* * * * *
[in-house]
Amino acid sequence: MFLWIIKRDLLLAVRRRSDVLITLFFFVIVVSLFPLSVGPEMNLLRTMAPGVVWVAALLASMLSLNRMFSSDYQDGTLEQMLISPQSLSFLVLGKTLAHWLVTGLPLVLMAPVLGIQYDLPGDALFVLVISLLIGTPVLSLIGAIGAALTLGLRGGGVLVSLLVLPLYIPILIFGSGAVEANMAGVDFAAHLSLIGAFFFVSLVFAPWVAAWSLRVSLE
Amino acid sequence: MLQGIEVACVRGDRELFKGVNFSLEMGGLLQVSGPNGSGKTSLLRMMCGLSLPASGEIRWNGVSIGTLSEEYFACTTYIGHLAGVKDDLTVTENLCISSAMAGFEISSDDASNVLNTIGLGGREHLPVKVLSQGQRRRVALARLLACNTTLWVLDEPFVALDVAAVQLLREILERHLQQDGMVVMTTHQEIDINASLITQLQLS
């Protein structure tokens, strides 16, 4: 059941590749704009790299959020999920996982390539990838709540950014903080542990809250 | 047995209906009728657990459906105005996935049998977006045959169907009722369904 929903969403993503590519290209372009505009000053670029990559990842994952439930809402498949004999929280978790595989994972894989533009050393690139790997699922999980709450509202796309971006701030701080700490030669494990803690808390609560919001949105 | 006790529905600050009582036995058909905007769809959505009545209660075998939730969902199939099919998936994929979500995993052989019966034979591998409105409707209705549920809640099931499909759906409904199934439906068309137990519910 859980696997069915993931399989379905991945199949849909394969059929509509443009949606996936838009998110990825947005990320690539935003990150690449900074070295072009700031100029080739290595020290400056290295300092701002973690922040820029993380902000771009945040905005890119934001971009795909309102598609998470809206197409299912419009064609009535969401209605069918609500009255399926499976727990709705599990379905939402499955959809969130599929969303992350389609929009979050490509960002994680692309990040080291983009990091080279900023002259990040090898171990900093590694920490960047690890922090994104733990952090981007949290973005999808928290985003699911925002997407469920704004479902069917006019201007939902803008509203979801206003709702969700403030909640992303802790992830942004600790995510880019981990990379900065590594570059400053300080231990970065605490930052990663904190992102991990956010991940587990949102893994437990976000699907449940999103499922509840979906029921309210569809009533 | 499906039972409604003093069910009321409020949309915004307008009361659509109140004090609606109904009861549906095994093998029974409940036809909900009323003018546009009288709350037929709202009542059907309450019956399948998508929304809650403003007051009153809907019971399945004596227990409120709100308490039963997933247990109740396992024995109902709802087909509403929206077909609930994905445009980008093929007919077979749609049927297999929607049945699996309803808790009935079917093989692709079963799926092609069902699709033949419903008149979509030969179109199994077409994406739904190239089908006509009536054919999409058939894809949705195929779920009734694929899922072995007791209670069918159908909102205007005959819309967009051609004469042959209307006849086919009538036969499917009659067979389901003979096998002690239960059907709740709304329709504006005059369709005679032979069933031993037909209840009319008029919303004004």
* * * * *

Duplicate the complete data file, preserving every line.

[in-house]
Amino acid sequence: MFLWIIKRDLLLAVRRRSDVLITLFFFVIVVSLFPLSVGPEMNLLRTMAPGVVWVAALLASMLSLNRMFSSDYQDGTLEQMLISPQSLSFLVLGKTLAHWLVTGLPLVLMAPVLGIQYDLPGDALFVLVISLLIGTPVLSLIGAIGAALTLGLRGGGVLVSLLVLPLYIPILIFGSGAVEANMAGVDFAAHLSLIGAFFFVSLVFAPWVAAWSLRVSLE
Amino acid sequence: MLQGIEVACVRGDRELFKGVNFSLEMGGLLQVSGPNGSGKTSLLRMMCGLSLPASGEIRWNGVSIGTLSEEYFACTTYIGHLAGVKDDLTVTENLCISSAMAGFEISSDDASNVLNTIGLGGREHLPVKVLSQGQRRRVALARLLACNTTLWVLDEPFVALDVAAVQLLREILERHLQQDGMVVMTTHQEIDINASLITQLQLS
């Protein structure tokens, strides 16, 4: 059941590749704009790299959020999920996982390539990838709540950014903080542990809250 | 047995209906009728657990459906105005996935049998977006045959169907009722369904 929903969403993503590519290209372009505009000053670029990559990842994952439930809402498949004999929280978790595989994972894989533009050393690139790997699922999980709450509202796309971006701030701080700490030669494990803690808390609560919001949105 | 006790529905600050009582036995058909905007769809959505009545209660075998939730969902199939099919998936994929979500995993052989019966034979591998409105409707209705549920809640099931499909759906409904199934439906068309137990519910 859980696997069915993931399989379905991945199949849909394969059929509509443009949606996936838009998110990825947005990320690539935003990150690449900074070295072009700031100029080739290595020290400056290295300092701002973690922040820029993380902000771009945040905005890119934001971009795909309102598609998470809206197409299912419009064609009535969401209605069918609500009255399926499976727990709705599990379905939402499955959809969130599929969303992350389609929009979050490509960002994680692309990040080291983009990091080279900023002259990040090898171990900093590694920490960047690890922090994104733990952090981007949290973005999808928290985003699911925002997407469920704004479902069917006019201007939902803008509203979801206003709702969700403030909640992303802790992830942004600790995510880019981990990379900065590594570059400053300080231990970065605490930052990663904190992102991990956010991940587990949102893994437990976000699907449940999103499922509840979906029921309210569809009533 | 499906039972409604003093069910009321409020949309915004307008009361659509109140004090609606109904009861549906095994093998029974409940036809909900009323003018546009009288709350037929709202009542059907309450019956399948998508929304809650403003007051009153809907019971399945004596227990409120709100308490039963997933247990109740396992024995109902709802087909509403929206077909609930994905445009980008093929007919077979749609049927297999929607049945699996309803808790009935079917093989692709079963799926092609069902699709033949419903008149979509030969179109199994077409994406739904190239089908006509009536054919999409058939894809949705195929779920009734694929899922072995007791209670069918159908909102205007005959819309967009051609004469042959209307006849086919009538036969499917009659067979389901003979096998002690239960059907709740709304329709504006005059369709005679032979069933031993037909209840009319008029919303004004």